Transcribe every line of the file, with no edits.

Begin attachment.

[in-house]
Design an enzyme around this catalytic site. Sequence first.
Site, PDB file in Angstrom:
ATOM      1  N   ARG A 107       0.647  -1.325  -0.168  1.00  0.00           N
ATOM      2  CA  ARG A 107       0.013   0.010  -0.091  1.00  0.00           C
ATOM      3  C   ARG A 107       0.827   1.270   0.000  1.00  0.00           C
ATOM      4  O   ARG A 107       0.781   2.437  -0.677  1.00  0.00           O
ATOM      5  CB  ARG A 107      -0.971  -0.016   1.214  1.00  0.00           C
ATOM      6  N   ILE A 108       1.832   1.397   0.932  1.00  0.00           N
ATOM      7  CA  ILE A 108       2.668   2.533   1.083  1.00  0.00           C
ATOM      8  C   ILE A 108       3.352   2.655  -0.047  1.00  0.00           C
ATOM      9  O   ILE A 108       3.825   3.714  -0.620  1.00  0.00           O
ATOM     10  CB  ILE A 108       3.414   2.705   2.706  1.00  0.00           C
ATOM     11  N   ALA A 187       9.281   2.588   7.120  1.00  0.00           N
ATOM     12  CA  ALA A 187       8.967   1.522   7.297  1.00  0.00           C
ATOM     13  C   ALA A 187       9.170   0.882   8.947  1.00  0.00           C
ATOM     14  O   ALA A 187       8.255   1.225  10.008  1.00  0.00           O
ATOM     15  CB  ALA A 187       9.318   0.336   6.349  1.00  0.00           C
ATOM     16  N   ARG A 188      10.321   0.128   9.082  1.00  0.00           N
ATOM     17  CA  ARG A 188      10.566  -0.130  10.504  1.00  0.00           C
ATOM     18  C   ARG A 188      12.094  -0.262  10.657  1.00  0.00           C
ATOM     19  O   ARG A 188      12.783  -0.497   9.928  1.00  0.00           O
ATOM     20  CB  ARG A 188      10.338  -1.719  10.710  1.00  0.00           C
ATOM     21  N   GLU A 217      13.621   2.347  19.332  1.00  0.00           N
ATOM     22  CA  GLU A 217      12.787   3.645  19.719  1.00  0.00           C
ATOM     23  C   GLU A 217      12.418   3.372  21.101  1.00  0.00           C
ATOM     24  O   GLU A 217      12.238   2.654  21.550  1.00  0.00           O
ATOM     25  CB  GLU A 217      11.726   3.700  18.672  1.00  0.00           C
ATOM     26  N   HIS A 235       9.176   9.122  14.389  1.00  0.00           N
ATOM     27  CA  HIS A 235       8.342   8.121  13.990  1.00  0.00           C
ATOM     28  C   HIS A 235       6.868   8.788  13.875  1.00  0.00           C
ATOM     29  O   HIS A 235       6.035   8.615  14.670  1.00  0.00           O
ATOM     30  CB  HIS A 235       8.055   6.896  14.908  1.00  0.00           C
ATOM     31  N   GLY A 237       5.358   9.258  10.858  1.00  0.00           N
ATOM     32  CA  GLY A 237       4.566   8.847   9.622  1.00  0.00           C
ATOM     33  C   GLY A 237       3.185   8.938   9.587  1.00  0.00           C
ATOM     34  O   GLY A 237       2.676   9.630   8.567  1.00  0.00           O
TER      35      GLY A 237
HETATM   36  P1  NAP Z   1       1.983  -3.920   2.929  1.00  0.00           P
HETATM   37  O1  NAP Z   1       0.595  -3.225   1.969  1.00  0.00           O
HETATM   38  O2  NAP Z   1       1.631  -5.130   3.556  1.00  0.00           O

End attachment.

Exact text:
[in-house]
Design an enzyme around this catalytic site. Sequence first.
Site, PDB file in Angstrom:
ATOM      1  N   ARG A 107       0.647  -1.325  -0.168  1.00  0.00           N
ATOM      2  CA  ARG A 107       0.013   0.010  -0.091  1.00  0.00           C
ATOM      3  C   ARG A 107       0.827   1.270   0.000  1.00  0.00           C
ATOM      4  O   ARG A 107       0.781   2.437  -0.677  1.00  0.00           O
ATOM      5  CB  ARG A 107      -0.971  -0.016   1.214  1.00  0.00           C
ATOM      6  N   ILE A 108       1.832   1.397   0.932  1.00  0.00           N
ATOM      7  CA  ILE A 108       2.668   2.533   1.083  1.00  0.00           C
ATOM      8  C   ILE A 108       3.352   2.655  -0.047  1.00  0.00           C
ATOM      9  O   ILE A 108       3.825   3.714  -0.620  1.00  0.00           O
ATOM     10  CB  ILE A 108       3.414   2.705   2.706  1.00  0.00           C
ATOM     11  N   ALA A 187       9.281   2.588   7.120  1.00  0.00           N
ATOM     12  CA  ALA A 187       8.967   1.522   7.297  1.00  0.00           C
ATOM     13  C   ALA A 187       9.170   0.882   8.947  1.00  0.00           C
ATOM     14  O   ALA A 187       8.255   1.225  10.008  1.00  0.00           O
ATOM     15  CB  ALA A 187       9.318   0.336   6.349  1.00  0.00           C
ATOM     16  N   ARG A 188      10.321   0.128   9.082  1.00  0.00           N
ATOM     17  CA  ARG A 188      10.566  -0.130  10.504  1.00  0.00           C
ATOM     18  C   ARG A 188      12.094  -0.262  10.657  1.00  0.00           C
ATOM     19  O   ARG A 188      12.783  -0.497   9.928  1.00  0.00           O
ATOM     20  CB  ARG A 188      10.338  -1.719  10.710  1.00  0.00           C
ATOM     21  N   GLU A 217      13.621   2.347  19.332  1.00  0.00           N
ATOM     22  CA  GLU A 217      12.787   3.645  19.719  1.00  0.00           C
ATOM     23  C   GLU A 217      12.418   3.372  21.101  1.00  0.00           C
ATOM     24  O   GLU A 217      12.238   2.654  21.550  1.00  0.00           O
ATOM     25  CB  GLU A 217      11.726   3.700  18.672  1.00  0.00           C
ATOM     26  N   HIS A 235       9.176   9.122  14.389  1.00  0.00           N
ATOM     27  CA  HIS A 235       8.342   8.121  13.990  1.00  0.00           C
ATOM     28  C   HIS A 235       6.868   8.788  13.875  1.00  0.00           C
ATOM     29  O   HIS A 235       6.035   8.615  14.670  1.00  0.00           O
ATOM     30  CB  HIS A 235       8.055   6.896  14.908  1.00  0.00           C
ATOM     31  N   GLY A 237       5.358   9.258  10.858  1.00  0.00           N
ATOM     32  CA  GLY A 237       4.566   8.847   9.622  1.00  0.00           C
ATOM     33  C   GLY A 237       3.185   8.938   9.587  1.00  0.00           C
ATOM     34  O   GLY A 237       2.676   9.630   8.567  1.00  0.00           O
TER      35      GLY A 237
HETATM   36  P1  NAP Z   1       1.983  -3.920   2.929  1.00  0.00           P
HETATM   37  O1  NAP Z   1       0.595  -3.225   1.969  1.00  0.00           O
HETATM   38  O2  NAP Z   1       1.631  -5.130   3.556  1.00  0.00           O